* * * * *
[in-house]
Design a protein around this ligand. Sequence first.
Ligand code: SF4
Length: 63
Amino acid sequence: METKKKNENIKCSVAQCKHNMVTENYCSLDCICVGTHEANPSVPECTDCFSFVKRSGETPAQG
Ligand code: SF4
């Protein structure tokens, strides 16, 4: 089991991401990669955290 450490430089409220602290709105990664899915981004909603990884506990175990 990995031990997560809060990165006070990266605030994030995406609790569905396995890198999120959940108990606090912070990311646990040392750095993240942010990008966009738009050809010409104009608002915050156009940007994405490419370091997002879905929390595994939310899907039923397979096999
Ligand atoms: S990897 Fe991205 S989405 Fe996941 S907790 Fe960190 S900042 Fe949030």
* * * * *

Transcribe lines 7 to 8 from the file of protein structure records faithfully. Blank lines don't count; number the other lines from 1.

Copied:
């Protein structure tokens, strides 16, 4: 089991991401990669955290 450490430089409220602290709105990664899915981004909603990884506990175990 990995031990997560809060990165006070990266605030994030995406609790569905396995890198999120959940108990606090912070990311646990040392750095993240942010990008966009738009050809010409104009608002915050156009940007994405490419370091997002879905929390595994939310899907039923397979096999
Ligand atoms: S990897 Fe991205 S989405 Fe996941 S907790 Fe960190 S900042 Fe949030």